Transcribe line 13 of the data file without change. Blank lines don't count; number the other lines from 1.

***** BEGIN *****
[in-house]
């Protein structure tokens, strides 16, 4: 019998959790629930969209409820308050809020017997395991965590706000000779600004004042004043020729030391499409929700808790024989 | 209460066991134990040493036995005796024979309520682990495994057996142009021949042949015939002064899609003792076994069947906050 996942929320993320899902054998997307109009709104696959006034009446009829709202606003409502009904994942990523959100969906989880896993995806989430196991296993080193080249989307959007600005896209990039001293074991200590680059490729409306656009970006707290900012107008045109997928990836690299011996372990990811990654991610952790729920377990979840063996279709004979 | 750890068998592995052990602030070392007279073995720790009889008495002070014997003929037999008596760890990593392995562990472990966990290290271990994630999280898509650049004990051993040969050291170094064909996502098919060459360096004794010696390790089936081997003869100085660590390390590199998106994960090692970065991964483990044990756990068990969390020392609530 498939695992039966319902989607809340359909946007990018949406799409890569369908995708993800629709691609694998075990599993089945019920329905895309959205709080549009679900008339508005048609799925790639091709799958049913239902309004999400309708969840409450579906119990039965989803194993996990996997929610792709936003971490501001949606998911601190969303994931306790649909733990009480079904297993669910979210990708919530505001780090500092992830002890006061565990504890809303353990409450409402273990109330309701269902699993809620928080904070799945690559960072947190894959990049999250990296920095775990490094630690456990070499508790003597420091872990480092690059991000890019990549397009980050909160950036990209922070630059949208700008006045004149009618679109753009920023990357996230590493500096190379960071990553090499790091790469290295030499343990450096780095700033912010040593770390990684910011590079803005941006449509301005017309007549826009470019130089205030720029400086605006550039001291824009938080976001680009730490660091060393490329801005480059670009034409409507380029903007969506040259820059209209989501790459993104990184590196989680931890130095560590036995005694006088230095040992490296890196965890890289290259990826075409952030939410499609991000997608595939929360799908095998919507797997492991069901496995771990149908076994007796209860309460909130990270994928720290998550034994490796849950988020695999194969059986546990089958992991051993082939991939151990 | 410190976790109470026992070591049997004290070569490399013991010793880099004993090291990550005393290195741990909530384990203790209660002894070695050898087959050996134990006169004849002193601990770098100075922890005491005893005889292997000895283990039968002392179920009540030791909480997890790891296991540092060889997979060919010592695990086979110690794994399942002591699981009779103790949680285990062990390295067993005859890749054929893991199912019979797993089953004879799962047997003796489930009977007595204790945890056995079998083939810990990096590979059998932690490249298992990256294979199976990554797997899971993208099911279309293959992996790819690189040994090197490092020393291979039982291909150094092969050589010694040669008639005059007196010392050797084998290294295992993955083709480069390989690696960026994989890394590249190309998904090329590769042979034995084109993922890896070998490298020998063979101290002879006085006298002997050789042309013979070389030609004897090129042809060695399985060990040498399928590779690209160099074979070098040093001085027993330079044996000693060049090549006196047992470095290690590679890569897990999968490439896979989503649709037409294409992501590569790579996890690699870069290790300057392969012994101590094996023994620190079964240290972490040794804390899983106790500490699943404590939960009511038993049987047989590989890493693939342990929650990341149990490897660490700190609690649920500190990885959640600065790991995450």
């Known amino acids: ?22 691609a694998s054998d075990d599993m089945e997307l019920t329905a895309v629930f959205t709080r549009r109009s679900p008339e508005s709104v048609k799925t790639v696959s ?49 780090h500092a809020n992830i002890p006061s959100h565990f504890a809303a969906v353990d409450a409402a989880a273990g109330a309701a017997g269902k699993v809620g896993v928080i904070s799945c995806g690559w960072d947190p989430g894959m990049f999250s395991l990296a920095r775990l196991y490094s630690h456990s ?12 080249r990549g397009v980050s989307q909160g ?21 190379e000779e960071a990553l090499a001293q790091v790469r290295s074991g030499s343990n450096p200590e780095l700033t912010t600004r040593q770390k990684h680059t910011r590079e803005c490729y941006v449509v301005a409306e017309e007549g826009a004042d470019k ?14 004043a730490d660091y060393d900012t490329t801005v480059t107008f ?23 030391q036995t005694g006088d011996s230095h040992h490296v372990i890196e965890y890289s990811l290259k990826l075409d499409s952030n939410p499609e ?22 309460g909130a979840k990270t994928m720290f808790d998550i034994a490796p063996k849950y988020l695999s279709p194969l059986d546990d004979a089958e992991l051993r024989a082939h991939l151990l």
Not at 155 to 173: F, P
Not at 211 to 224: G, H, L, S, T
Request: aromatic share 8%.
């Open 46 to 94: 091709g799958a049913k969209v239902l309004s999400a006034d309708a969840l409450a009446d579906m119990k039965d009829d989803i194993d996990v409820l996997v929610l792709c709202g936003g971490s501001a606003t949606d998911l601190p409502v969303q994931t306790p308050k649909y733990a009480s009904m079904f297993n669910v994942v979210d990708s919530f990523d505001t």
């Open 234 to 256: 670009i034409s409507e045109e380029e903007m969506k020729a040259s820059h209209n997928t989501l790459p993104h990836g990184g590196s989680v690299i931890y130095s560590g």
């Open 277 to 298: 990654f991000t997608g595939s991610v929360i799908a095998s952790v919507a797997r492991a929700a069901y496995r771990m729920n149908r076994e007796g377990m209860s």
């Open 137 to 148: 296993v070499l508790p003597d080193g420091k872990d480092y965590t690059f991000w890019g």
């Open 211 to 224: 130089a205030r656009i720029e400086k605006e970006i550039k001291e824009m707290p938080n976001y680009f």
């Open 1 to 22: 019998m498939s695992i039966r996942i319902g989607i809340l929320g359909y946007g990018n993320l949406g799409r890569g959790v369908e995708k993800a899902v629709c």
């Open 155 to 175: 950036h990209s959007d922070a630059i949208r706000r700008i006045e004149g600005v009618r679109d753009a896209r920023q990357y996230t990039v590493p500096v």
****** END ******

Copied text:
């Open 155 to 175: 950036h990209s959007d922070a630059i949208r706000r700008i006045e004149g600005v009618r679109d753009a896209r920023q990357y996230t990039v590493p500096v």